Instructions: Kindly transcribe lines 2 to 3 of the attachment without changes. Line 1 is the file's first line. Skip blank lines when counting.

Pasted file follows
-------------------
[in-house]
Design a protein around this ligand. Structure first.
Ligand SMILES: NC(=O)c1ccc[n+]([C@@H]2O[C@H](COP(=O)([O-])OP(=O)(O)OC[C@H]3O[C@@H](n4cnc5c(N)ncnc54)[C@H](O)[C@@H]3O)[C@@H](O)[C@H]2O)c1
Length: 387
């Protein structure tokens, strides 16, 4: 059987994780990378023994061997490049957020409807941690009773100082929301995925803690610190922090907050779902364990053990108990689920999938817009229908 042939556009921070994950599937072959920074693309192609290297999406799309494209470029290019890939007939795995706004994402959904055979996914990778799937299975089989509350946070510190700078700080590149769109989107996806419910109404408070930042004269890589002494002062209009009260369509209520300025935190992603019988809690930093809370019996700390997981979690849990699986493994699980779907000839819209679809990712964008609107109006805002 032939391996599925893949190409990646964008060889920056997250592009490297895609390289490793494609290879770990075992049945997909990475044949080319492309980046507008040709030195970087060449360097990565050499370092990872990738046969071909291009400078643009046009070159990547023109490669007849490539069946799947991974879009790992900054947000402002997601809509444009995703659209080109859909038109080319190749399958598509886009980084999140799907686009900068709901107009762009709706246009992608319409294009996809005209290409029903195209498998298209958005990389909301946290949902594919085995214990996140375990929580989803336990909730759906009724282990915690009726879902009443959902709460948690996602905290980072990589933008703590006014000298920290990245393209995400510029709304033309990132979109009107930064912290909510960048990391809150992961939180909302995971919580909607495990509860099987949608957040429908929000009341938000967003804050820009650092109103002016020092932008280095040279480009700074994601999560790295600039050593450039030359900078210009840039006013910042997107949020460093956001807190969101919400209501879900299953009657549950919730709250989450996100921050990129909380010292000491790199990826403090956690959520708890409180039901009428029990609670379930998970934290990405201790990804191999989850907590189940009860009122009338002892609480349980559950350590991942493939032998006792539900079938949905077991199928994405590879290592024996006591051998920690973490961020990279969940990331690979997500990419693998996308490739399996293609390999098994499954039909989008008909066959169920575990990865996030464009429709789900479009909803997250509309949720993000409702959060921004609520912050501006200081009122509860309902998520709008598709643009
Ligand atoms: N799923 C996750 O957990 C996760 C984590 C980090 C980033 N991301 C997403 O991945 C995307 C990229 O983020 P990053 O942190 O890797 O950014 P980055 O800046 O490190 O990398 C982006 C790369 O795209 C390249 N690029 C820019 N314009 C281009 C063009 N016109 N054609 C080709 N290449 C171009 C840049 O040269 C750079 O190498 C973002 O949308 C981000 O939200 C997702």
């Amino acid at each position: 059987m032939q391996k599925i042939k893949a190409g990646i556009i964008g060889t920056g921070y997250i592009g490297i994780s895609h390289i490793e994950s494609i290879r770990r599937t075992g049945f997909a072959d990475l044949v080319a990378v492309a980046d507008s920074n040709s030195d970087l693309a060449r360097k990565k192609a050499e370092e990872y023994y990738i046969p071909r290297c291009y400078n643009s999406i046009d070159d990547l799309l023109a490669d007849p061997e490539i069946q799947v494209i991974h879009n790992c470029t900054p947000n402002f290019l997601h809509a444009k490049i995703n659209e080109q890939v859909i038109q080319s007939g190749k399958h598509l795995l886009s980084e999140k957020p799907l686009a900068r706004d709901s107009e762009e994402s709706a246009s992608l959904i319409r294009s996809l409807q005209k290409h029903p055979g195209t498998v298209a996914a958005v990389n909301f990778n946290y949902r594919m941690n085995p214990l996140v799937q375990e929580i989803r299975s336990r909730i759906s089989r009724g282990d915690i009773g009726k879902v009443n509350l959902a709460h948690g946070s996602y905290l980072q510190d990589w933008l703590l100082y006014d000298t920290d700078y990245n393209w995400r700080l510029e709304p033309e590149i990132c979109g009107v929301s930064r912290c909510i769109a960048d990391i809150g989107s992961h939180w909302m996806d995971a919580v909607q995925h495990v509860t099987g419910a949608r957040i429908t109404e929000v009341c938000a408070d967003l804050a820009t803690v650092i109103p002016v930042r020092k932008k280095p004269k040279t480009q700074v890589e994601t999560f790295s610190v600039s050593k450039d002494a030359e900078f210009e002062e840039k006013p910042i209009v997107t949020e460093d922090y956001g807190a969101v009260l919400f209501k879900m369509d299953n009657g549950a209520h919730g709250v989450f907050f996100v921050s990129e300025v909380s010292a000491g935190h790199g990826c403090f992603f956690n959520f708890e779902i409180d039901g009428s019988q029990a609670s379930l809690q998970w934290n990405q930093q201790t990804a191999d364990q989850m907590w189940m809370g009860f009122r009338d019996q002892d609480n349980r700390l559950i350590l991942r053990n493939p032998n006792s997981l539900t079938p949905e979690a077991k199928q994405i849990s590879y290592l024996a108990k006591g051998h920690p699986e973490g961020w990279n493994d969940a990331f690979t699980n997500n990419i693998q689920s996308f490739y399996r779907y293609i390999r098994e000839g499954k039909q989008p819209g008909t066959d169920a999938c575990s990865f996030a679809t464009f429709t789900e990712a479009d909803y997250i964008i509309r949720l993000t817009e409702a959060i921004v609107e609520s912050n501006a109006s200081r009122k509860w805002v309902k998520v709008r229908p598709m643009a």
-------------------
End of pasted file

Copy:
Design a protein around this ligand. Structure first.
Ligand SMILES: NC(=O)c1ccc[n+]([C@@H]2O[C@H](COP(=O)([O-])OP(=O)(O)OC[C@H]3O[C@@H](n4cnc5c(N)ncnc54)[C@H](O)[C@@H]3O)[C@@H](O)[C@H]2O)c1